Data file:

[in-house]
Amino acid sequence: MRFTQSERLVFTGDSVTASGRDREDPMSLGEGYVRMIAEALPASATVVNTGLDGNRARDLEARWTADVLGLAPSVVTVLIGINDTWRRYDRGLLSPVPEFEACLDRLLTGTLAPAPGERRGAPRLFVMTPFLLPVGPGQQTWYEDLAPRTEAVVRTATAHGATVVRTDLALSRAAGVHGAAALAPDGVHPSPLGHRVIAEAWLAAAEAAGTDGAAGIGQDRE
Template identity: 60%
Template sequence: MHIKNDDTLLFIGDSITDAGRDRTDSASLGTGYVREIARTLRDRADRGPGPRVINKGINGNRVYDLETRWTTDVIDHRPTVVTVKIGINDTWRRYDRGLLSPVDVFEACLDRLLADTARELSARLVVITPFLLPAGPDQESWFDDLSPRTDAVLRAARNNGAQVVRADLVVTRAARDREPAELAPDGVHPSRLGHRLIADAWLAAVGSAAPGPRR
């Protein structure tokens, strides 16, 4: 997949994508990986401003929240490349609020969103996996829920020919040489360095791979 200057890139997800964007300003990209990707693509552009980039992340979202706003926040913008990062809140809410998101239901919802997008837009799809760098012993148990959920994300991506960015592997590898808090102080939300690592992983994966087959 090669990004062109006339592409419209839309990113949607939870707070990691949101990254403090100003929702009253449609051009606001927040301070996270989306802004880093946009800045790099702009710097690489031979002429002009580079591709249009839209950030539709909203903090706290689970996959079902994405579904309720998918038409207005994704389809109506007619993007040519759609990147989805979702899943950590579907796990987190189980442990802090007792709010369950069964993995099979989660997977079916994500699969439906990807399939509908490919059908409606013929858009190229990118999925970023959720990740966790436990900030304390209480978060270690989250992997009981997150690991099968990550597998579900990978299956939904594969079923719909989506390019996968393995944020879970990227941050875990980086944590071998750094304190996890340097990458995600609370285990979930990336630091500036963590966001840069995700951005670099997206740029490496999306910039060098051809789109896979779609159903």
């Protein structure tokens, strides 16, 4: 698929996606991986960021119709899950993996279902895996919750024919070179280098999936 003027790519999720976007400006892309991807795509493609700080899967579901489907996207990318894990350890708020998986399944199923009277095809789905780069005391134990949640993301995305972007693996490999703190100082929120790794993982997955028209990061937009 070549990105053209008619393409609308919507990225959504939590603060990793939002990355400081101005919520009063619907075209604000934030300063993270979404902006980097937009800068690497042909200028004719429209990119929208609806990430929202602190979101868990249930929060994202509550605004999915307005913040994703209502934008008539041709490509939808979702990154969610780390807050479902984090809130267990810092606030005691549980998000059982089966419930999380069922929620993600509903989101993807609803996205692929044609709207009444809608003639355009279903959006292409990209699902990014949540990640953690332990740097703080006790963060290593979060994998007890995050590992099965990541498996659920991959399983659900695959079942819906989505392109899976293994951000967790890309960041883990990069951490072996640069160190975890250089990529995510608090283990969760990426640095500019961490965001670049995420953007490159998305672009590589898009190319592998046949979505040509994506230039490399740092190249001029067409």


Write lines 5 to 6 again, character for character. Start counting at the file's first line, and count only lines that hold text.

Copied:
């Protein structure tokens, strides 16, 4: 997949994508990986401003929240490349609020969103996996829920020919040489360095791979 200057890139997800964007300003990209990707693509552009980039992340979202706003926040913008990062809140809410998101239901919802997008837009799809760098012993148990959920994300991506960015592997590898808090102080939300690592992983994966087959 090669990004062109006339592409419209839309990113949607939870707070990691949101990254403090100003929702009253449609051009606001927040301070996270989306802004880093946009800045790099702009710097690489031979002429002009580079591709249009839209950030539709909203903090706290689970996959079902994405579904309720998918038409207005994704389809109506007619993007040519759609990147989805979702899943950590579907796990987190189980442990802090007792709010369950069964993995099979989660997977079916994500699969439906990807399939509908490919059908409606013929858009190229990118999925970023959720990740966790436990900030304390209480978060270690989250992997009981997150690991099968990550597998579900990978299956939904594969079923719909989506390019996968393995944020879970990227941050875990980086944590071998750094304190996890340097990458995600609370285990979930990336630091500036963590966001840069995700951005670099997206740029490496999306910039060098051809789109896979779609159903």
């Protein structure tokens, strides 16, 4: 698929996606991986960021119709899950993996279902895996919750024919070179280098999936 003027790519999720976007400006892309991807795509493609700080899967579901489907996207990318894990350890708020998986399944199923009277095809789905780069005391134990949640993301995305972007693996490999703190100082929120790794993982997955028209990061937009 070549990105053209008619393409609308919507990225959504939590603060990793939002990355400081101005919520009063619907075209604000934030300063993270979404902006980097937009800068690497042909200028004719429209990119929208609806990430929202602190979101868990249930929060994202509550605004999915307005913040994703209502934008008539041709490509939808979702990154969610780390807050479902984090809130267990810092606030005691549980998000059982089966419930999380069922929620993600509903989101993807609803996205692929044609709207009444809608003639355009279903959006292409990209699902990014949540990640953690332990740097703080006790963060290593979060994998007890995050590992099965990541498996659920991959399983659900695959079942819906989505392109899976293994951000967790890309960041883990990069951490072996640069160190975890250089990529995510608090283990969760990426640095500019961490965001670049995420953007490159998305672009590589898009190319592998046949979505040509994506230039490399740092190249001029067409």